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Problems Restaurant Owners Face When Filing Flood Damage Claims

Flood waters have closed this restaurant indefinitelyAny length of time a restaurant is closed can cut into an owner’s profits, but the extended closures forced by flooding can be disastrous for restaurateurs. Whether flood damage was caused by a natural disaster or a burst pipe, it may result in the loss of hundreds of thousands of dollars’ worth of food, utensils, seating, decor, and appliances. Attorney Bill Voss explores the problems and pitfalls owners experience when filing flood damage claims and offers tips to maximize coverage.

Your Restaurant’s Future Depends on Its Flood Insurance Coverage

The selections you make while creating your business owner’s policy have the potential to affect your holdings for the rest of your life. Selecting a bare-bones policy with lower premiums and a high deductible may save money for years, only to cost millions in the long run. Some policies will only cover direct physical damage from flooding, leaving an owner to pay for other losses—such as lost income—out of pocket.

Without adequate insurance, restaurateurs may suffer significant flooding losses due to:

  • Natural causes. Flooding caused by severe storms, runoff, or other weather-related causes are typically not covered under private insurance. Texas restaurants owners may only be able to get coverage through the National Flood Insurance Program (NFIP), which provides up to $500,000 in property damage and an additional $500,000 for lost inventory to commercial properties.
     
  • Contaminated water. Flood waters can carry sewage, chemicals, and biological pathogens that can contaminate all equipment and surfaces. Proper procedures for pumping out flood water and drying the structure must be observed to protect employees and customers, and steps must be taken to discourage wood warping and mold growth that can cause problems weeks after the waters have receded.
     
  • Interruption of municipal services. A large-scale disaster may cause interruption in supply chains and government services, leaving you underwater and unable to move forward. The lack of a potable water supply and sewage drainage can make the site hazardous to workers, while interrupted waste disposal may make it difficult for cleaning and sanitation efforts to succeed.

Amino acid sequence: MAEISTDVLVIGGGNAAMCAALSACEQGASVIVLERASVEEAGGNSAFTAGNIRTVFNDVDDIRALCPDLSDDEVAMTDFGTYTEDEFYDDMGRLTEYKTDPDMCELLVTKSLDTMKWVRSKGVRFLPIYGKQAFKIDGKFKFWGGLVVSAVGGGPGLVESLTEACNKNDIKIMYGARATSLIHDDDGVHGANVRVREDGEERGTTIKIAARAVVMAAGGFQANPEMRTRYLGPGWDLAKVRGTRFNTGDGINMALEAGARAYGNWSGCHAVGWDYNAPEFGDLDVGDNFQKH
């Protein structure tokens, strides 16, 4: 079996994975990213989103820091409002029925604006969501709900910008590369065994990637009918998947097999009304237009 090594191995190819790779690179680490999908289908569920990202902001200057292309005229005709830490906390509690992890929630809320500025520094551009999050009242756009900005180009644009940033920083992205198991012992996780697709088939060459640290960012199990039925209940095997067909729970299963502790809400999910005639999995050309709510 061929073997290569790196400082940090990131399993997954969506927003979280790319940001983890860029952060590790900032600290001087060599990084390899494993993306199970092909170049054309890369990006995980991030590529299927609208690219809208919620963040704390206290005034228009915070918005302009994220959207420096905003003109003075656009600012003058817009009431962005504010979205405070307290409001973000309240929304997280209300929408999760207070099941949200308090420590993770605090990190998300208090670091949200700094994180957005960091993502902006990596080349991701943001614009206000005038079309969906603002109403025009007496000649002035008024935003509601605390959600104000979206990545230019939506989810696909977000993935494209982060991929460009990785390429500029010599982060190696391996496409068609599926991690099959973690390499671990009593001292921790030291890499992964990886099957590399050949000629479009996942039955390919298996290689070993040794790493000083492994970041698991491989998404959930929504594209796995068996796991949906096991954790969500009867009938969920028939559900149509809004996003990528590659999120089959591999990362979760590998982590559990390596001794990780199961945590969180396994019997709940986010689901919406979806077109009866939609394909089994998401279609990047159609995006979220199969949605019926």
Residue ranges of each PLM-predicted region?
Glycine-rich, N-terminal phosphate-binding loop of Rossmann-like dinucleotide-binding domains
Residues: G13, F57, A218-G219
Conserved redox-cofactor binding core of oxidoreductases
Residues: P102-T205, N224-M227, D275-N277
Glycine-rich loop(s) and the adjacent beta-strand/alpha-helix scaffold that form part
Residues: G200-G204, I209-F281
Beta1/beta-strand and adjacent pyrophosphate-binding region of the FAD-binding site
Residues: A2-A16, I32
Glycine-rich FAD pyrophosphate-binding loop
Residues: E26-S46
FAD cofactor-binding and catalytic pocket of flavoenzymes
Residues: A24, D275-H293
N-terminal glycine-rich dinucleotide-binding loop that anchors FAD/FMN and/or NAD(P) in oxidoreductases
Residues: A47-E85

• Electrical problems. Submersion not only destroys electrical equipment, it also creates an electrocution hazard. Depending on the location of the restaurant and the extent of damage, power may be out for several weeks, significantly hindering cleanup and repairs.
     
  • Food losses. If items are contaminated, restaurants may lose produce and fresh items, but also bulk foods, alcoholic beverages, and items contained in aluminum cans and glass jars. The loss of imported delicacies, wines and spirits, and specialty foods can be costly to replace, especially if they grow seasonally or are especially rare.
     
  • Inspections. Many regulatory agencies must be consulted before a restaurant may be cleared to reopen. Health inspectors may be particularly involved during the repair process to ensure that the structure and business are safe for daily operations.
     
  • Upgrade costs. A structure that is several years old may not be compliant with current building codes. Once a structure has been compromised, it must be rebuilt according to local and federal building ordinances—a cost that is typically not covered under standard property damage policies.
     
  • Business interruption. Many flood insurers will provide payment for lost and damaged items, but offer no compensation for the time in which the business cannot operate due to repairs. This form of insurance may be offered as an endorsement to a policy, and its cost will vary greatly depending on what is covered. Restaurateurs should always purchase business interruption coverage that will last from the day of an adverse event to the reopening of the property.

If you are filing a flood damage claim, you will be asked to provide evidence of all of your losses. The insurer may require a great deal of information, including serial numbers and models of lost appliances, income projections, and receipts for restoration and temporary repairs. Failure to keep good records and keep in contact with an insurer can greatly reduce payment amounts, and may even result in claim denial.

If you have suffered major losses due to flood damage, we can examine your policies to determine how much you may be owed, getting you maximum payment from your coverage. Fill out the form on this page today to contact the Voss Law Firm or order a free copy of our book, Top 10 Mistakes You Cannot Afford to Make When Filing Your Insurance Claim.
 

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The Voss Law Firm, P.C. represents clients on a local, national and international basis. We proudly serve companies and individuals along the Gulf Coast and around the globe on a contingency fee basis. Our law firm collects nothing unless we recover on our client's behalf.

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